On LinkedIn, Ed Lee, referring to this, wrote
Liz Massingill poses some questions about what Jim Hogan and Paul Mclellan call “sizzle” in EDA. Who has it? Does any EDA vendor?
Do you have historical examples of EDA sizzle? And, of the big EDA success stories, how many were sizzling in their first few years? (That’s a real question, not a rhetorical question.) The answers to these questions would help me to determine whether “as we all know, many engineering driven startups (even some engineering driven mature companies) undervalue or don’t understand the importance of sizzle – a big mistake.”
and Sean Murphy responded
The “sizzle” comment sounds like it came from a PR or marketing consultant (and I say that as a member of the tribe). I haven’t ever heard a prospect for an EDA tool who was an engineer or engineering manager/director/VP ask:
“Does your tool have sizzle? That’s one of our checklist items.”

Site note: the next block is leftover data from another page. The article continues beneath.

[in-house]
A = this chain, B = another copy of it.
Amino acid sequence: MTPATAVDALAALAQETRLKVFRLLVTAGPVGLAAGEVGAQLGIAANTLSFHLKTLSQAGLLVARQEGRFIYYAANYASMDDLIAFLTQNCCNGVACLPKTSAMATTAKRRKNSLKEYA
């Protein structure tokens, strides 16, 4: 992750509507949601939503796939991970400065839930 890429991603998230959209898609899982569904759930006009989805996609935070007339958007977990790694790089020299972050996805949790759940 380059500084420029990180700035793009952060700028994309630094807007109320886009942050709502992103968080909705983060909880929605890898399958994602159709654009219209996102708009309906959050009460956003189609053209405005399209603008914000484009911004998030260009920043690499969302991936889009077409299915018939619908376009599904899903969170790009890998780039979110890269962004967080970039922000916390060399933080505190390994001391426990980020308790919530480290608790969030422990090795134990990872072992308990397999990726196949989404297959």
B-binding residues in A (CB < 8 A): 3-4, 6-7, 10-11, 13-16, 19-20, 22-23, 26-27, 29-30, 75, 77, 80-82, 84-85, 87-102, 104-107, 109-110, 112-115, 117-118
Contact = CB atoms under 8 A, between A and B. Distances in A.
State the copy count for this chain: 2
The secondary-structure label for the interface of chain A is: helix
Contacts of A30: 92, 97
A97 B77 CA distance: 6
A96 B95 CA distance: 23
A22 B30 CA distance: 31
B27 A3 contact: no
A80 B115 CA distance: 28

“Do you have patents on your tool?”
“Is this tool based on PhD level work?”
Most EDA tools that were later popular (e.g. Design Compiler, Tegas, Verilog, Chronologic, Chrysalis,…) were initially not credible or viewed as a waste of time.
Design Compiler only got traction when it was positioned as “Gates to Gates.” Tegas and Verilog were each viewed as inferior to Spice for accuracy. Chronologic had severe limitations (e.g. no PLI), and Chrysalis could find a discrepancy but you couldn’t understand what it was telling you.
Nothing new ever works and trying to use “sizzle” with a new tool instead of focusing on real customer problems with a promise of real results in a given time frame is probably a recipe for spending a lot of money on marketing/PR consultants.